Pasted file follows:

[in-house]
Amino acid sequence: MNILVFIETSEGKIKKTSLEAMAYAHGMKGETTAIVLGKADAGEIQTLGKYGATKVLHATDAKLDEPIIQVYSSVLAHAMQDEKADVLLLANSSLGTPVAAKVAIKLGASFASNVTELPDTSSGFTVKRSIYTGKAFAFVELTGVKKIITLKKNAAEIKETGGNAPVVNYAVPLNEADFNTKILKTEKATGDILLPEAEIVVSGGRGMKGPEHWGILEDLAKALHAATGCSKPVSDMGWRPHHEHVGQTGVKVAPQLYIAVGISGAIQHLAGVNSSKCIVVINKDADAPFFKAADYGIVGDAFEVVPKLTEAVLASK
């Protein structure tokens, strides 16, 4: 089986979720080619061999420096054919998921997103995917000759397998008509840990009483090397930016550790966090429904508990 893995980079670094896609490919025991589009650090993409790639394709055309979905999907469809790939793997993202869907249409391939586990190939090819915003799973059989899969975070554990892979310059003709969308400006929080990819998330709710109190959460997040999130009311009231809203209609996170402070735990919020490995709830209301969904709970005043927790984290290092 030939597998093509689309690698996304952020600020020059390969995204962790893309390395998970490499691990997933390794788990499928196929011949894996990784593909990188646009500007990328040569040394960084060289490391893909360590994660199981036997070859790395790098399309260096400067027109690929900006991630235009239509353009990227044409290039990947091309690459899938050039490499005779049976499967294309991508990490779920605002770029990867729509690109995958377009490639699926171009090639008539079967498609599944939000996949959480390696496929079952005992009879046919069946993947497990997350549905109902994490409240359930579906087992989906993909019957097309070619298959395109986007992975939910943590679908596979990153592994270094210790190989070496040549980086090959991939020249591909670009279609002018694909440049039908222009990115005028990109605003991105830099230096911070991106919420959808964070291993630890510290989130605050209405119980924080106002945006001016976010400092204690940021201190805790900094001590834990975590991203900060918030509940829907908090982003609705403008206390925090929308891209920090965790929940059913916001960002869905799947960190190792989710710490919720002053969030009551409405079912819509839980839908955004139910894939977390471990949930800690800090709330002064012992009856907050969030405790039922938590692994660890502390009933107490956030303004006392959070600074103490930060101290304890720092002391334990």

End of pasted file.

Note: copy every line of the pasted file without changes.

[in-house]
Amino acid sequence: MNILVFIETSEGKIKKTSLEAMAYAHGMKGETTAIVLGKADAGEIQTLGKYGATKVLHATDAKLDEPIIQVYSSVLAHAMQDEKADVLLLANSSLGTPVAAKVAIKLGASFASNVTELPDTSSGFTVKRSIYTGKAFAFVELTGVKKIITLKKNAAEIKETGGNAPVVNYAVPLNEADFNTKILKTEKATGDILLPEAEIVVSGGRGMKGPEHWGILEDLAKALHAATGCSKPVSDMGWRPHHEHVGQTGVKVAPQLYIAVGISGAIQHLAGVNSSKCIVVINKDADAPFFKAADYGIVGDAFEVVPKLTEAVLASK
């Protein structure tokens, strides 16, 4: 089986979720080619061999420096054919998921997103995917000759397998008509840990009483090397930016550790966090429904508990 893995980079670094896609490919025991589009650090993409790639394709055309979905999907469809790939793997993202869907249409391939586990190939090819915003799973059989899969975070554990892979310059003709969308400006929080990819998330709710109190959460997040999130009311009231809203209609996170402070735990919020490995709830209301969904709970005043927790984290290092 030939597998093509689309690698996304952020600020020059390969995204962790893309390395998970490499691990997933390794788990499928196929011949894996990784593909990188646009500007990328040569040394960084060289490391893909360590994660199981036997070859790395790098399309260096400067027109690929900006991630235009239509353009990227044409290039990947091309690459899938050039490499005779049976499967294309991508990490779920605002770029990867729509690109995958377009490639699926171009090639008539079967498609599944939000996949959480390696496929079952005992009879046919069946993947497990997350549905109902994490409240359930579906087992989906993909019957097309070619298959395109986007992975939910943590679908596979990153592994270094210790190989070496040549980086090959991939020249591909670009279609002018694909440049039908222009990115005028990109605003991105830099230096911070991106919420959808964070291993630890510290989130605050209405119980924080106002945006001016976010400092204690940021201190805790900094001590834990975590991203900060918030509940829907908090982003609705403008206390925090929308891209920090965790929940059913916001960002869905799947960190190792989710710490919720002053969030009551409405079912819509839980839908955004139910894939977390471990949930800690800090709330002064012992009856907050969030405790039922938590692994660890502390009933107490956030303004006392959070600074103490930060101290304890720092002391334990």